If you've even included digital logic, analog chips, or a microcontroller into a project there's a good chance you've had to find a way to provide 5V DC to your circuit. There are few primary sources of 5V, so you can use a wall wart to convert AC power (which obviously limits where you can take your new gadget) or you can spend extra time building a regulator circuit to get multiple 1.5V batteries to the needed voltage. These solutions are required for some circuits, but for smaller gadgets, wouldn't it be nice to have an always-ready supply so you can go straight to working on other aspects of the project?
By adding a few electronic components to a widely available dynamo flashlight, you can power small devices for short periods without using up outlets or batteries. The improved dynamo is great for the workbench or showing off new projects just about anywhere.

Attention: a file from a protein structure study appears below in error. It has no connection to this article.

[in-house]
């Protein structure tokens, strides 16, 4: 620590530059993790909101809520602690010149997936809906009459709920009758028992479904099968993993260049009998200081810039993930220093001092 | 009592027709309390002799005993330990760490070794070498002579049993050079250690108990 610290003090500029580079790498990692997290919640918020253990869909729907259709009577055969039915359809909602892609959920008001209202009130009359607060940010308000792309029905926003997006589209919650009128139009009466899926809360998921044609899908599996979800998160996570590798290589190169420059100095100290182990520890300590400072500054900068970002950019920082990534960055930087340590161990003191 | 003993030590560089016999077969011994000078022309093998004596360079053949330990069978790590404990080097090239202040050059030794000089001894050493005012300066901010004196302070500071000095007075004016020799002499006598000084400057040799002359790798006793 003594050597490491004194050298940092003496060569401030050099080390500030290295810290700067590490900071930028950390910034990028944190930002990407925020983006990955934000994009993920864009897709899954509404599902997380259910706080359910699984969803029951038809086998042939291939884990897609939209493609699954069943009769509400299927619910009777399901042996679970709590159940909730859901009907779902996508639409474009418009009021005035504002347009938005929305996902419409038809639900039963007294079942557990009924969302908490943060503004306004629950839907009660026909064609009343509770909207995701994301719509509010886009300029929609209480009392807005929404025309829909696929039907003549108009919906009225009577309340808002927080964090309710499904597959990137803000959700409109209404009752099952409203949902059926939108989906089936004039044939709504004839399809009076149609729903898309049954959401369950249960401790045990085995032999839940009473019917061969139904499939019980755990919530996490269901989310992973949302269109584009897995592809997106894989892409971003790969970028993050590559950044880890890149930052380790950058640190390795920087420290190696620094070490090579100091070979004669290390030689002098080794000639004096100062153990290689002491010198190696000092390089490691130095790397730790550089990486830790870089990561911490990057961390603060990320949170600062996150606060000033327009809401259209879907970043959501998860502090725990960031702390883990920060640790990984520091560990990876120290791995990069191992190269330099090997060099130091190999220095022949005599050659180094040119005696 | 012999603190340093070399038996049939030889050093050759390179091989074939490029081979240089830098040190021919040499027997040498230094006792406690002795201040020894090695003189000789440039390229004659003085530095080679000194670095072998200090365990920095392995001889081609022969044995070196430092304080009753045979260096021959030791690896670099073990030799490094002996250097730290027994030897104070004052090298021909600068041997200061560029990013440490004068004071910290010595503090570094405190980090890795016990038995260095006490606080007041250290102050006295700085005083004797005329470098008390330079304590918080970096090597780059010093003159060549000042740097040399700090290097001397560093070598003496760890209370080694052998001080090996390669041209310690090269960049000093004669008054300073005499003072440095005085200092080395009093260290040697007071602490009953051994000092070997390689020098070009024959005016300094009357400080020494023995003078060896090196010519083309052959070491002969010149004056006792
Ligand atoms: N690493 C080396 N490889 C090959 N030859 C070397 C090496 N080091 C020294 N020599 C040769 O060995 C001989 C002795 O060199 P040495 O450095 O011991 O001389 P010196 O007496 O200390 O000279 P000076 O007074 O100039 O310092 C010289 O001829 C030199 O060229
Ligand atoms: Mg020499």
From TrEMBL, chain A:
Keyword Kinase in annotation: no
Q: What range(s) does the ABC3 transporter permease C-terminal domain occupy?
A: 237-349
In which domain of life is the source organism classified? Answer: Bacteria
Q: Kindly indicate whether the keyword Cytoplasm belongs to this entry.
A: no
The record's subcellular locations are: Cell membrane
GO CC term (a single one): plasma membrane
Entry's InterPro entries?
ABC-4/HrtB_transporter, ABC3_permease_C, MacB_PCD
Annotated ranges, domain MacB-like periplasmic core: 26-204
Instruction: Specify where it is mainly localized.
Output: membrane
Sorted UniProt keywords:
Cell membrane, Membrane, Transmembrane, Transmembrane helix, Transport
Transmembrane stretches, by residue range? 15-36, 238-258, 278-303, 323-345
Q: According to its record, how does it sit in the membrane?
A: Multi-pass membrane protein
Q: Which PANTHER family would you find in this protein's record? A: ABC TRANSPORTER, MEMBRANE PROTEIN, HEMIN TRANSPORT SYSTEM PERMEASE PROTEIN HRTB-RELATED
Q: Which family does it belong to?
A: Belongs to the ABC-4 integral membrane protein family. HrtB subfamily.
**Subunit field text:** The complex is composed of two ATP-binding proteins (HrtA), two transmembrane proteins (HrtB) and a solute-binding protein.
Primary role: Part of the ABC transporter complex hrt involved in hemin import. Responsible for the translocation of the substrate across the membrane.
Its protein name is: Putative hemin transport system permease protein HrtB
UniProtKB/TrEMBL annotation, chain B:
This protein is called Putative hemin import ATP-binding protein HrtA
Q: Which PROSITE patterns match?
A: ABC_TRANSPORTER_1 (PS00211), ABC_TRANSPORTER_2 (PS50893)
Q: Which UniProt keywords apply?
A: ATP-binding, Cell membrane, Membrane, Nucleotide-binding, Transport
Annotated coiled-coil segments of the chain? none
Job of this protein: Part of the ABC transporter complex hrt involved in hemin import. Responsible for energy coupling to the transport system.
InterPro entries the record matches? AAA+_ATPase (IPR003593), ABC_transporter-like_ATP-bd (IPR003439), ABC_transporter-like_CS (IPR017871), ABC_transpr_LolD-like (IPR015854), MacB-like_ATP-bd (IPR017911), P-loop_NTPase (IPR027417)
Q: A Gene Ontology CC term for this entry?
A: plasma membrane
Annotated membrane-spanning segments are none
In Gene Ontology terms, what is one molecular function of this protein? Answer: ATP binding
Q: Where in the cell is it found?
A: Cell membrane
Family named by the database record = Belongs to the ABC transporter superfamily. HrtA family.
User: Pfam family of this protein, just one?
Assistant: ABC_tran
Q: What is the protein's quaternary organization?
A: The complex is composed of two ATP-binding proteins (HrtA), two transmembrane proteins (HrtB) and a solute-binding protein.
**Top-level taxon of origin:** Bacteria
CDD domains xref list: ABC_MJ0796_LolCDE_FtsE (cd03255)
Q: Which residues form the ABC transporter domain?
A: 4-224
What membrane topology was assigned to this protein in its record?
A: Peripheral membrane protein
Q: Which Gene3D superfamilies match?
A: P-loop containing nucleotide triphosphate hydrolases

This Instructable covers how to assemble and install a step-up DC-DC converter that turns the varying low voltage of the keychain dynamo's generator into a constant 5V. The step-up circuit charges a large capacitor which provides energy storage and some power even when the dynamo isn't turning.
By following the steps in this Instructable, you can accomplish all this without manufacturing a special circuit board or using hard-to-solder surface mount components. To get the electronic parts inside the keychain case requires some circuit origami, but after about an hour of tinkering you will have a neat device that can source up to 50 milliamps of current at a constant 5V DC while winding and milliwatts of power for minutes after!